The New Yorker magazine reported recently on the work of the Buoyant Foundation Project, an organization that provides architectural flood mitigation solutions for vulnerable populations.
Amphibious architecture allows an otherwise-ordinary structure to float on the surface of rising floodwater. An amphibious foundation retains a home’s connection to the ground by resting firmly on the earth under usual circumstances, but allows a house to float when flooding occurs.
A buoyant foundation is specifically designed to be retrofitted to an existing house that is already slightly elevated off the ground and supported on short piers. Under the house the foundation’s buoyancy blocks provide flotation, vertical guideposts prevent the house from floating away, and a frame ties everything together. Any house that can be elevated can be made amphibious.
Amphibious retrofitting has not yet gained widespread acceptance, and buildings with amphibious foundations are not eligible for subsidized policies offered by the National Flood Insurance Program.
The National Flood Insurance Program returned to the private reinsurance market for 2018, paying $235 million for $1.458 billion coverage from a single flood event.
The coverage limit is 40 percent more than what the NFIP purchased last year ($1.042 billion), and the premium is 56 percent higher than the $150 million NFIP paid last year. The 2017 treaty was the first significant foray for the government insurer into the private sector, and the government recovered the entire $1.042 billion from Hurricane Harvey’s floods.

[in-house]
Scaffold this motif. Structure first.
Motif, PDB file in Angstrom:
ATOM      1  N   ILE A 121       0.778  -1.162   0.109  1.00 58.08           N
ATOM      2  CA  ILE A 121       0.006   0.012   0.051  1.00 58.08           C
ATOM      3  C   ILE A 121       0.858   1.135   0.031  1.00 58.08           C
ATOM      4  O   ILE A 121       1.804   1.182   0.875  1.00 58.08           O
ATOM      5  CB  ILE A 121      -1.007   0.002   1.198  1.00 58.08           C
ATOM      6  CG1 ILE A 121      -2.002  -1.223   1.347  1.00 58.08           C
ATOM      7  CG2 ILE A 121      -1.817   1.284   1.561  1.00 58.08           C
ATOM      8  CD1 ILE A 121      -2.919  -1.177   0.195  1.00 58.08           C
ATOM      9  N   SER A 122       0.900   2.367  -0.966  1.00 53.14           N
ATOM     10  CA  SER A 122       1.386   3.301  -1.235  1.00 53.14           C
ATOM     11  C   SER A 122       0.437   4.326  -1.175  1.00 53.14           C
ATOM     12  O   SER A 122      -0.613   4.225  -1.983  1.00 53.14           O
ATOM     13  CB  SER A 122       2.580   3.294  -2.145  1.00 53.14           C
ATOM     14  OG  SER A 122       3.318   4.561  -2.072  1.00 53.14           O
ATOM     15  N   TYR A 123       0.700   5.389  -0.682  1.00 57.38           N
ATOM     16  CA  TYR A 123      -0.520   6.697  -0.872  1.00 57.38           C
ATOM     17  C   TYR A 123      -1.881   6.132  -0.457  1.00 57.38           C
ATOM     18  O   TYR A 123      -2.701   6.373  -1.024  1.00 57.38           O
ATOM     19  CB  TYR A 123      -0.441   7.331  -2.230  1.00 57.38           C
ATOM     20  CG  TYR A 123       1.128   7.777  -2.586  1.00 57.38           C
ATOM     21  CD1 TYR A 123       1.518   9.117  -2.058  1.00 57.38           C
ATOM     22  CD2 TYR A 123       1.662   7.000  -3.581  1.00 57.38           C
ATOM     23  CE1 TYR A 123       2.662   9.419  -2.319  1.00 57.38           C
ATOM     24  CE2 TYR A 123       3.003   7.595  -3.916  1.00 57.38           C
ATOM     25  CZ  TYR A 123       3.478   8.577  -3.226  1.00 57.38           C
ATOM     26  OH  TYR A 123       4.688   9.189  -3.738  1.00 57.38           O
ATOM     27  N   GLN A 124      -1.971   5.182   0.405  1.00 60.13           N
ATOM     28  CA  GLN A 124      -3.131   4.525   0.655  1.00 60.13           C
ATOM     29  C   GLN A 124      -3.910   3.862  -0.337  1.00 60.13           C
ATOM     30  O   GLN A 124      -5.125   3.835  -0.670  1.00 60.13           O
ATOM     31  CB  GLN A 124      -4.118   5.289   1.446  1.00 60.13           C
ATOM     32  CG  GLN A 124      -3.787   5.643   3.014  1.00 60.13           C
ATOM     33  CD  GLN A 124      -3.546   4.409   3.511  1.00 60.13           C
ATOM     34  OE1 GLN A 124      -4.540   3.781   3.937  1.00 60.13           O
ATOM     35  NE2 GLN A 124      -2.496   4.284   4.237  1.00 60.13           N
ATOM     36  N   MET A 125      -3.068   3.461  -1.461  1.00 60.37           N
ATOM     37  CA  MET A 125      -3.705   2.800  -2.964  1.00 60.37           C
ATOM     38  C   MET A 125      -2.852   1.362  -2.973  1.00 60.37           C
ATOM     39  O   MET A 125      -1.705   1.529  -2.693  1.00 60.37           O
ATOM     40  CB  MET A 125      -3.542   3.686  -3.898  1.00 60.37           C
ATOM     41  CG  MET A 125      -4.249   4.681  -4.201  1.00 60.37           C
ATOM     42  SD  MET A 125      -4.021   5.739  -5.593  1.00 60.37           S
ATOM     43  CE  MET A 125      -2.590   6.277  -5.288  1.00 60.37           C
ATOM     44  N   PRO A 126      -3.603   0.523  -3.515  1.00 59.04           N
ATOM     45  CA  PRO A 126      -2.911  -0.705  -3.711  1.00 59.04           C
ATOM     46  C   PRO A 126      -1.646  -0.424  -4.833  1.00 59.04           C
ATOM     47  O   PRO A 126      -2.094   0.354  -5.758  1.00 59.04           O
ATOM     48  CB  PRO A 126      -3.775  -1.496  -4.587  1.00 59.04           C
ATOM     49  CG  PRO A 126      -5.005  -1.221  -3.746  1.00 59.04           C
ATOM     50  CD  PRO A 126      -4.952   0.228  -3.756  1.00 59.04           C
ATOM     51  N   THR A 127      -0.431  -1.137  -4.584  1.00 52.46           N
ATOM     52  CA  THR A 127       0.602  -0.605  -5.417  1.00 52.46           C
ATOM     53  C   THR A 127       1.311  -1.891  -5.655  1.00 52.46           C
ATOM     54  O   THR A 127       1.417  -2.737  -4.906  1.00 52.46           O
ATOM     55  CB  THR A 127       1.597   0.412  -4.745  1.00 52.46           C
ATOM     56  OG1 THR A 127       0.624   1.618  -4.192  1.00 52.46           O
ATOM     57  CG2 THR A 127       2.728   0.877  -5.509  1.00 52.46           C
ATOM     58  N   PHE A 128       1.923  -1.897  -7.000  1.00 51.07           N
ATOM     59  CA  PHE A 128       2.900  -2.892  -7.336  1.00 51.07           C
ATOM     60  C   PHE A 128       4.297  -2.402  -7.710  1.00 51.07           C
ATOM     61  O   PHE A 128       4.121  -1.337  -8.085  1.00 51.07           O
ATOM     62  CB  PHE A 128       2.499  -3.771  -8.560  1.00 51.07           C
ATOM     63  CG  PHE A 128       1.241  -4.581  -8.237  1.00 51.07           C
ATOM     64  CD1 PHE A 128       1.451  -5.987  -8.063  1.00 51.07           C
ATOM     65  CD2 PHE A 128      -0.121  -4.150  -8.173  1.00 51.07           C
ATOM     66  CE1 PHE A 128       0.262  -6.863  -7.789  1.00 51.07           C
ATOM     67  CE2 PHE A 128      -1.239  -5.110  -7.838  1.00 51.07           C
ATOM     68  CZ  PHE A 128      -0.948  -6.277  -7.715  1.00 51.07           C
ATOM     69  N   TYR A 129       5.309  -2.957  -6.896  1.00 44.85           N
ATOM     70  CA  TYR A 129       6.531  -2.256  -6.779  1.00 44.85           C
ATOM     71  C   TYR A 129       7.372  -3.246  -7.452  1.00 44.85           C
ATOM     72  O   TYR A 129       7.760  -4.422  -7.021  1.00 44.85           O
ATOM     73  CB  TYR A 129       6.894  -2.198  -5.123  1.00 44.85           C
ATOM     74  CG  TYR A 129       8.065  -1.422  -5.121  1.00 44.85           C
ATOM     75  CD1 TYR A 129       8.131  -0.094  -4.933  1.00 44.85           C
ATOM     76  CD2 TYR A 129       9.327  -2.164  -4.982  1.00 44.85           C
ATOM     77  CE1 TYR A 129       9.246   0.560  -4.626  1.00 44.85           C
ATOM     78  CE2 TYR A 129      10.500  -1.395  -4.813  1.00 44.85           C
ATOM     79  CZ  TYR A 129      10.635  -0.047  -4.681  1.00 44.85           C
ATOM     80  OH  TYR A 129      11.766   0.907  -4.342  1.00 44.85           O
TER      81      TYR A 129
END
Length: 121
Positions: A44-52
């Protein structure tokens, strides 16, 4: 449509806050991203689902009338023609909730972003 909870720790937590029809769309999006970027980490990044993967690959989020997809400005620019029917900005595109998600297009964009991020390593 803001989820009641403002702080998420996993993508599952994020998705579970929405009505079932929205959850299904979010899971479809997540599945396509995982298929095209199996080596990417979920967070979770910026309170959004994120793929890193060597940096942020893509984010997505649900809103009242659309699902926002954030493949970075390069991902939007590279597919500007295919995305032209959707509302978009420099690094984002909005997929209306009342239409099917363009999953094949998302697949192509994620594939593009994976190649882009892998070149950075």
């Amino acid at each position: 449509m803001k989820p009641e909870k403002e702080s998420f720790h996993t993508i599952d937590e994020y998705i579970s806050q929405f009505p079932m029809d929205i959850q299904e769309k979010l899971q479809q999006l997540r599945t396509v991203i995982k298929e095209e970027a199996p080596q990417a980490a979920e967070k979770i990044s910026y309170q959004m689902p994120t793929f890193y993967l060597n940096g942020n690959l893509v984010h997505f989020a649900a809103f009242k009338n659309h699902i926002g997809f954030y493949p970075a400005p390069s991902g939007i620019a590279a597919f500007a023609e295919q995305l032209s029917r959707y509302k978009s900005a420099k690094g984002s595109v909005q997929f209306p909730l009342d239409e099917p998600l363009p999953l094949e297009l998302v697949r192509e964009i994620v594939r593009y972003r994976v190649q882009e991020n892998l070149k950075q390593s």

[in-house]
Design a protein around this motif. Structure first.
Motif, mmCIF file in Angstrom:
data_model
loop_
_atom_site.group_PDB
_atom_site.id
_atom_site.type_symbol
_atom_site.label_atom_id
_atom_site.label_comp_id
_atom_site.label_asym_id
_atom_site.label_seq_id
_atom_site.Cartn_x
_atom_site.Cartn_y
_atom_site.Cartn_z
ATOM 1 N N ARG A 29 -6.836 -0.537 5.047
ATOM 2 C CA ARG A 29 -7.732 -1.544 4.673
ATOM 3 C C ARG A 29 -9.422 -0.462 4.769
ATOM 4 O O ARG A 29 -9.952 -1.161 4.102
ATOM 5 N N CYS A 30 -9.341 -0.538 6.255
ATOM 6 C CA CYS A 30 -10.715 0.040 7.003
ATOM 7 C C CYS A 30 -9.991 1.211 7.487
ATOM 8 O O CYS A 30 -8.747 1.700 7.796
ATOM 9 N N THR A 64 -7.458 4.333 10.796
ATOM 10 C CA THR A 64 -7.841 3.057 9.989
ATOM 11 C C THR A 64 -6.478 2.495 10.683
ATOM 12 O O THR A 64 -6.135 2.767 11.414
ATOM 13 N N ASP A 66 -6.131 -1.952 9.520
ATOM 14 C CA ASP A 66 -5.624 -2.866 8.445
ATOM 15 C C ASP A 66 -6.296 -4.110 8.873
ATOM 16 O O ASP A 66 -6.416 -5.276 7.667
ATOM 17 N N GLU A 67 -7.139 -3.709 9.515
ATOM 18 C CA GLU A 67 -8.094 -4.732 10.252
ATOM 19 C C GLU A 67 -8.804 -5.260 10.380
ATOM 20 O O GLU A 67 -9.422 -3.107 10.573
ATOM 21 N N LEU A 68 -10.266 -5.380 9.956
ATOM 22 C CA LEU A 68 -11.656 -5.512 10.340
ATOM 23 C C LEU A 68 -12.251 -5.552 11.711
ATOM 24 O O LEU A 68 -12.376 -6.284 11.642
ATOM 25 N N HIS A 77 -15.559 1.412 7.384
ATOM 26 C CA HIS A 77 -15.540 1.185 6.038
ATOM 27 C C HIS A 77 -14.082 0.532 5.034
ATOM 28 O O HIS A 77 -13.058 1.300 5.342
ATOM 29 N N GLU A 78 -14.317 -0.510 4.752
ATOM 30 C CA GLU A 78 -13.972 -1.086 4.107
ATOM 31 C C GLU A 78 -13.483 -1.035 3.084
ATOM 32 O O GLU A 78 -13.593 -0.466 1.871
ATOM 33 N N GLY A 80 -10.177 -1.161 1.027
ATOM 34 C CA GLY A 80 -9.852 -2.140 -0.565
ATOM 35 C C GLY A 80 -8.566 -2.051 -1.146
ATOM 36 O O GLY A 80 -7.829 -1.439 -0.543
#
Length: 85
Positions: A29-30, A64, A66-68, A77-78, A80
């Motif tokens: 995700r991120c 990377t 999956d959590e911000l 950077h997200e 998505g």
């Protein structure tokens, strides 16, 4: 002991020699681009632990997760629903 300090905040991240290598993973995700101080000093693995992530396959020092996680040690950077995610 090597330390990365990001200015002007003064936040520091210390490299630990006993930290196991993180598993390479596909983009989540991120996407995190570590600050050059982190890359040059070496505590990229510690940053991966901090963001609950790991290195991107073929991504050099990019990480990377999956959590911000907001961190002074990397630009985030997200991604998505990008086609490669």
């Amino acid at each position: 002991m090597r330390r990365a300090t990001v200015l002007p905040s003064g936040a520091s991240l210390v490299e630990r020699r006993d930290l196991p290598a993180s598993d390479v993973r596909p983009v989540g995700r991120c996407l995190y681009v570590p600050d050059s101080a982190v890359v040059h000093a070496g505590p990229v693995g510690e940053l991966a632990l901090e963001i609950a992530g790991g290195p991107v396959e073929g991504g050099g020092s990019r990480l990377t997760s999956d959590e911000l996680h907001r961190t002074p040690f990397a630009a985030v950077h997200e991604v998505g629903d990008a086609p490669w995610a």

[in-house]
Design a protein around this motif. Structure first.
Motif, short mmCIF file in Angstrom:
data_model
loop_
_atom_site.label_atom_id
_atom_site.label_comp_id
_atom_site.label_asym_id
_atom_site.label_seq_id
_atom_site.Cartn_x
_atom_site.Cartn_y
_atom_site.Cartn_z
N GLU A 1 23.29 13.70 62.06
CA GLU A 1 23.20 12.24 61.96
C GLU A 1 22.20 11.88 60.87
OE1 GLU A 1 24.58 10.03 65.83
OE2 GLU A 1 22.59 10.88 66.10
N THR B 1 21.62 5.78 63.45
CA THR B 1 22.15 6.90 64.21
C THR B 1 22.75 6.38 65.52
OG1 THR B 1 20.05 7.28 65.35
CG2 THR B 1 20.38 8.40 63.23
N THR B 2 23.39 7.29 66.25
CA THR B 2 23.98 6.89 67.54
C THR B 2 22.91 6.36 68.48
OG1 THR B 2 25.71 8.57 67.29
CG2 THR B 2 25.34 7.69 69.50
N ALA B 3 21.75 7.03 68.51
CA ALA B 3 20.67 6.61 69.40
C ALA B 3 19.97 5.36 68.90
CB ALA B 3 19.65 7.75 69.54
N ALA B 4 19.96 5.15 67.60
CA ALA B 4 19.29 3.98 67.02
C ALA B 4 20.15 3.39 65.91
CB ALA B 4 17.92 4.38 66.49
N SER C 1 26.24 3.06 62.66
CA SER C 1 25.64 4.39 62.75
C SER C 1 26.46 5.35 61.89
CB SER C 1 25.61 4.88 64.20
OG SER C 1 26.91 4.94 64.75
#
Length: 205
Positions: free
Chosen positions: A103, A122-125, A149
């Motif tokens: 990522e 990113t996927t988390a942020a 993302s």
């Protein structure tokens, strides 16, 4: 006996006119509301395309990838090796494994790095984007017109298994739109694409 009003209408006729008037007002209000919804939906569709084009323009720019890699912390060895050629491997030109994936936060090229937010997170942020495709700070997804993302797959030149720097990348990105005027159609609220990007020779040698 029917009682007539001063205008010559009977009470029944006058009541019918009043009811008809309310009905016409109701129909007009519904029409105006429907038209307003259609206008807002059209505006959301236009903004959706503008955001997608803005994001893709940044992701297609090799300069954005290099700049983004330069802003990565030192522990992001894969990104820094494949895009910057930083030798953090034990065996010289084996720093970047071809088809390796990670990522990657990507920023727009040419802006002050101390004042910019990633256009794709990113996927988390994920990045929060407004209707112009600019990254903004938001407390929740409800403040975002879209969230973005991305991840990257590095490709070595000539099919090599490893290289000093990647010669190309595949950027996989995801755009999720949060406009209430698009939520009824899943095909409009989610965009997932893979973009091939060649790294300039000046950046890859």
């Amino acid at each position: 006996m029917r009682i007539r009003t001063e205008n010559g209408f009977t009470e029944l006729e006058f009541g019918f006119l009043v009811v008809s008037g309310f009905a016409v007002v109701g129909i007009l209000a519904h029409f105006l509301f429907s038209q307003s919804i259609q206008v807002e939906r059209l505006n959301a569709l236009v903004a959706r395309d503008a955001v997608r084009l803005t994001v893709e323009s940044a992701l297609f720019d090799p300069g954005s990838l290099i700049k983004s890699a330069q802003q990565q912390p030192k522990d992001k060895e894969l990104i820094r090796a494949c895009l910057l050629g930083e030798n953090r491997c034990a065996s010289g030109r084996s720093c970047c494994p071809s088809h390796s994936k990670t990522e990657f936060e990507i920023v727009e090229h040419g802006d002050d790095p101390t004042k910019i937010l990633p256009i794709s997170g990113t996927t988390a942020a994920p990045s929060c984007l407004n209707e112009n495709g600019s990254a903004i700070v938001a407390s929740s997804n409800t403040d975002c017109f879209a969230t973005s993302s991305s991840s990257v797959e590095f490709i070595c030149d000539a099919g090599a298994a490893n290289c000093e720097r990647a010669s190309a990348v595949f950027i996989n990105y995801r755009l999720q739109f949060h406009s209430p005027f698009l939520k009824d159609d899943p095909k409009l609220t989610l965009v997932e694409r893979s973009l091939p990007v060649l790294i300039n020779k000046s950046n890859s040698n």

The structure is a bit different this year. Last year reinsurers covered 26 percent of $4 billion in losses after NFIP retained $4 billion losses. Reinsurers will pay 18.6 percent of the first $2 billion of losses excess of $4 billion and will pay 54.3 percent of the $2 billion excess $6 billion.
Both last year and this, the NFIP gets no protection for the first $4 billion of any flood event – the $4 billion acts similar to a deductible on an insurance policy. After that, the worse the flood gets, the more NFIP recovers, and this year the maximum is $1.458 billion.
- A $5 billion flood would result in a recovery of $186 million – $5 billion minus $4 billion is $1 billion and 18.6 percent of that is $186 million.
- A $7.5 billion flood would result in a recovery of $1.1865 billion:
- For the first $6 billion, the recovery would be $372 million, being 18.6 percent of $2 billion (after the $4 billion “deductible.”)
- For the $1.5 billion in losses above $6 billion, the recovery would be $814.5 million, being 54.3 percent of $1.5 billion.
NFIP explains the structure in a press release, with program Director Roy E. Wright adding his thoughts in a blog post.
Harvey was the third worst flood in NFIP’s 50 years, behind Hurricane Katrina in 2005 ($16.3 billion) and Superstorm Sandy in 2012 ($8.7 billion). Harvey has generated 91,514 claims through January 5, according to messaging from FEMA, and 90.9 percent of them have closed. The average payment has been $108,825.
The I.I.I. has more information on floods and flood insurance here.